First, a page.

Midwest Horse Fair 2015 ~ 1 of 2

One of the most obvious things to appreciate about Midwest Horse Fair this year was the impressive building improvements made to the fair grounds. The two new pavilions are gorgeous! You can count them with one hand, building one or building two. Gone are the ten plus random buildings scattered throughout the grounds. It was always a guessing game to know which one you were in and/or hoping to find. The new pavilions go on forever, for this event they housed all the stalls and two (of four) arenas.

outside a huge new pavilion (L)
The round coliseum building stayed intact, hosting the main shows and an enclosed side arena. The Alliant Energy Center remains as well, it holds a sea of vendors. This year fair attendee's were also blessed with gorgeous weather, all three days!!

My clinic reviews are going to sound a bit similar, as we really only watched one clinician intently. I can't even believe it myself, but Jim Anderson was that good. He was clear, consistent, and happened to be sharing much of where we are in our horsemanship journey. There was no show boating, cute phrases or distracting stories. His clinics were not about entertaining the audience, they were about teaching the way he handles horses. Jim was accompanied by his wife Andrea, who clearly is an accomplished horsewoman in her own right. Their handling timing was impeccable, throughout all four clinics we watched.

Of course we caught bits and pieces of other clinics, but I've learned it's not fair to review unless you watch the whole thing. We never saw Pat Parelli, and only watched a small portion of Julie Goodnight, Aaron Ralston and Al Dunning clinics. Our daughters friend rode in Jonathan Field's clinics, from what I saw I liked how he worked with the three gals/their horses. 
Much to our surprise, a dressage presenter drew us in. It was so refreshing to watch Matt McLaughlin take the seriousness out of the discipline, and share sheer joy while he talked about/did impressive dressage test moves with a big smile on his face.

We also enjoyed a Double Dan "Mastering Flying Lead Changes" clinic, but understandably it was different this year. Dan James was wheelchair bound, after a horse fell backwards on him and severely broke his leg. I commend their valiant efforts, and yes the funny was still infused. It was so sad to see Dan out of his norm. A vivid reminder, accidents can happen to even the best horseman. Unfortunately, to add to an already confusing subject, my notes disappeared! I was taking them on the new Midwest Horse Fair app. I used the app a lot, and for the most part it worked very well. I'll share the progression if I can make sense out of what I remember.

Every year fair is different, and yet some things are not. We watched the same One Arm Bandit buffalo routine from previous years, not once but twice (by default). Here it is, again:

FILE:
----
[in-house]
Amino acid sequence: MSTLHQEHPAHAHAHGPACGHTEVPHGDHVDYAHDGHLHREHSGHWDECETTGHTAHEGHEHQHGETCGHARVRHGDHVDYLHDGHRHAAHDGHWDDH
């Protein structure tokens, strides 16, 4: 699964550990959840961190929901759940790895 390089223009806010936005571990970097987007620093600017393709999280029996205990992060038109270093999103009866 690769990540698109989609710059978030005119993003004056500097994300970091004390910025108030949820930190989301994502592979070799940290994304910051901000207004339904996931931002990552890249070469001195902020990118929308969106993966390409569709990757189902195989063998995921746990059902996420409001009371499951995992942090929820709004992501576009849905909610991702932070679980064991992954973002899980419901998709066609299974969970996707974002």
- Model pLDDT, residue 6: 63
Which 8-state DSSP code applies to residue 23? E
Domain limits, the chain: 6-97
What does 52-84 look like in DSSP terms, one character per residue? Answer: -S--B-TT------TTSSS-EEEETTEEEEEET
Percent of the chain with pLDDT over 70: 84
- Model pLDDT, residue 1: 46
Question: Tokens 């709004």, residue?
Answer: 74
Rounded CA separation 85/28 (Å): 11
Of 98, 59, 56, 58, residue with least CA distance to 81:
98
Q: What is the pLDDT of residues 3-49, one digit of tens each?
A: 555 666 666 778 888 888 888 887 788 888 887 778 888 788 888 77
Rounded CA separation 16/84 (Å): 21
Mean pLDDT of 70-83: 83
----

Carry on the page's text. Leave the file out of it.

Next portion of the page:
where the buffalo role

One Arm Bandit
(standing on a mule, turning & firing a gun,

with two buffalo on top of a trailer)
One of the reasons we don't enjoy the Saturday night shows anymore, is we have already seen many of the acts earlier during fair. However, the main reason is they've made the show so darn hokey! We thanked our lucky stars we didn't buy tickets when we saw the Fairy God Mother act previewed at the rodeo. But after I saw video and photos of my favorite trick riders doing their different Saturday night acts, I realized I missed out on some amazing riding and spot light photo opportunities. Guess you gotta take the good with the bad. Watching both evening shows makes for long days, and we opt to see the rodeo. With that said below are a few shots from the Friday night PRCA Rodeo, which is always good!! 

To see other select rodeo shots, click here. I'll post details on what Jim Anderson shared, some fun shopping finds and my overall reflection in my second review post. Until then, stay in the saddle!


C-ingspots said...

Wow, your horse affair exhibitions are way better than ours are. We've grown weary of the same old thing every year, and apparently others have too because there are less vendors, less quality clinicians and just LESS overall. You used to be able to get some very good deals on boots, tack etc but those days are gone as well. You can get just as good of prices, or better at regular outlets/stores. I'm so glad you had fun! That 5th (I think) photo is just painful to look at! The guy with the poor horse choked up so tight it amazes me his horse still works for him, and doesn't rear up and flip over!! Notice the look in the horse's eye...he's in pain and still does his job. Sad. Thanks for the links, I'll check out Jim Anderson.

C-ingspots said...

No, it's photo #6...

aurora said...

Some out of state seasoned traveling vendors mentioned to us that Midwest Horse Fair is one of the few that really try to improve every year (it's true, they do). It's really a great event, we are fortunate to have it in our "back yard". People attend/present from all over the US and some abroad. I only take photos at the rodeo (and a few phone pics) so I'm sharing a tiny tiny part of this fair. I made a decision a long time ago to live in the moment, and not watch fair through a lens. You would be amazed at all the things going on all at the same time, take a peek at the schedule it'll make your head spin!!

Grey Horse Matters said...

It looks like a big affair where you really do need to pick and choose what you want to see. We have nothing like that in the East. I'm sure you have lots more to share and will be looking forward to it.